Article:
The Supreme Court on Wednesday struck out an application by the state seeking leave of the court to acquire properties owned by Alfred Agbesi Woyome, a businessman.

The five member panel presided over by Chief Justice Anin Yeboah noted that the Attorney General’s application for leave for acquisition based on order 45 clause (5) was unnecessary.

According to the court the state could mobilize funds and buy Woyome’s properties before handing them over to any state institution.

Mr. Godred Yeboah Dame, a Deputy Attorney General, therefore withdrew the application for leave for acquisition and the SC struck it out as withdrawn.

The five member panel further put on hold a fresh writ filed at the General Jurisdiction (High Court Division) in which Woyome is contending that his fundamental human rights was being breached.

It noted that Woyome could not initiate a fresh action at the Trial court (High Court) when the matter is before an SC which is an “execution court.”

“The application is hereby struck out as withdrawn. Suit number HR/0047/2020, Agbesi Woyome verses the Registrar, General Jurisdiction, the Auctioneer, Citi Max Accra, be stayed completely.”

It further directed Mr. Osafo Buabeng, counsel who represented Woyome in Court to take steps to have the action stayed.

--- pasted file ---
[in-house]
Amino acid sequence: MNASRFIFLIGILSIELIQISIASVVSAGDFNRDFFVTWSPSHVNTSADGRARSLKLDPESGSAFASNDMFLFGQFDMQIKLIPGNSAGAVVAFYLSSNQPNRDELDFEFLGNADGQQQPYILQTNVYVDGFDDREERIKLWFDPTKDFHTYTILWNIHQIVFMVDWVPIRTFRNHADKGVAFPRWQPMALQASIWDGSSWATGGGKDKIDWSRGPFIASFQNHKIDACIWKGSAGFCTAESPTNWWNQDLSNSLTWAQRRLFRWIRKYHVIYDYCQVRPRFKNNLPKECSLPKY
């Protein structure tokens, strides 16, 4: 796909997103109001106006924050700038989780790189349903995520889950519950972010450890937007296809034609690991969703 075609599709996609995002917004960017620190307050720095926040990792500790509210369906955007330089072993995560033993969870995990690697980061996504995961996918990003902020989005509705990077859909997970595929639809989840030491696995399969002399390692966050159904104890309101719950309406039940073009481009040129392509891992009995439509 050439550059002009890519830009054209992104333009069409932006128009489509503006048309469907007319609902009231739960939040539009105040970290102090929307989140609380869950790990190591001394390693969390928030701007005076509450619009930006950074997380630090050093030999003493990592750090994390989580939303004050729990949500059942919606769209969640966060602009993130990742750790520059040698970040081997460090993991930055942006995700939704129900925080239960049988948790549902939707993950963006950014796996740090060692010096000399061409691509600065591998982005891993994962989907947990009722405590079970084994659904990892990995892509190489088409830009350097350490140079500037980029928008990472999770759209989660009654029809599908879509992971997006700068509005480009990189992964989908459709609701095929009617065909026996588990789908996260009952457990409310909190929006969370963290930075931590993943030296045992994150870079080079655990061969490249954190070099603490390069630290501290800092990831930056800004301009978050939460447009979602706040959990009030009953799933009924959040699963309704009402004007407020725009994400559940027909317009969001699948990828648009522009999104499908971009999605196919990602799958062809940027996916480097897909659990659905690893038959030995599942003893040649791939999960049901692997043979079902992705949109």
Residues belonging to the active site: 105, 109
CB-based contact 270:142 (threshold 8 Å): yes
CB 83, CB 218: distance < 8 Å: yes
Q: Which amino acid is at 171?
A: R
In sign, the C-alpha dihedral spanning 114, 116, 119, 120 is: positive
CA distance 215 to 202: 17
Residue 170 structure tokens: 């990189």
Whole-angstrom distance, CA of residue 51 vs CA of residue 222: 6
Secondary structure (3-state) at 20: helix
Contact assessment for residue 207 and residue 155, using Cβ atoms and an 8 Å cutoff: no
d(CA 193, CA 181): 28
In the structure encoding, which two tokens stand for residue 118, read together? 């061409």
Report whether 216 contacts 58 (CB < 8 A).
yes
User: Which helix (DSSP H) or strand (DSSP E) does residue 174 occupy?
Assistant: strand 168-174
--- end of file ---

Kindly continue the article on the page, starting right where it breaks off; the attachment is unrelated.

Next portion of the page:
The motion for leave of the court by the Attorney General was based on the fact that auctioneers were unable to sell the properties because of the fear that they could be returned to him in case there is a change in government.

The AG is therefore praying the court to have Woyome’s property transferred to the National Security.

Woyome owes the state about GHC47.2 million and the sale of his properties was to settle his indebtedness.

On July 29, 2014, the court ordered Woyome to refund GHC51.2 million on basis that he obtained the money through invalid contracts between the state and Waterville Holdings Limited in the year 2016.

However the sale of Woyome’s properties has not been materialized.

This is because potential buyers are reportedly afraid to purchase the properties because they feel the properties may be restored to Woyome in the future.

Mr. Albert Kan-Dapaah, National Security Minister, made this known in a letter dated March 4, this year and addressed to the Minister of Justice and Attorney General.

The letter made reference to the Supreme Court’s order to have the properties of Mr. Woyome auctioned to settle judgment debt.

The assets in question included two mansions at Trassaco Estate, a house at Kpehe where he resides, an office complex of Anator Holdings, residential building at Abelemkpe and a stone quarry in the Eastern Region including its plants and equipment.

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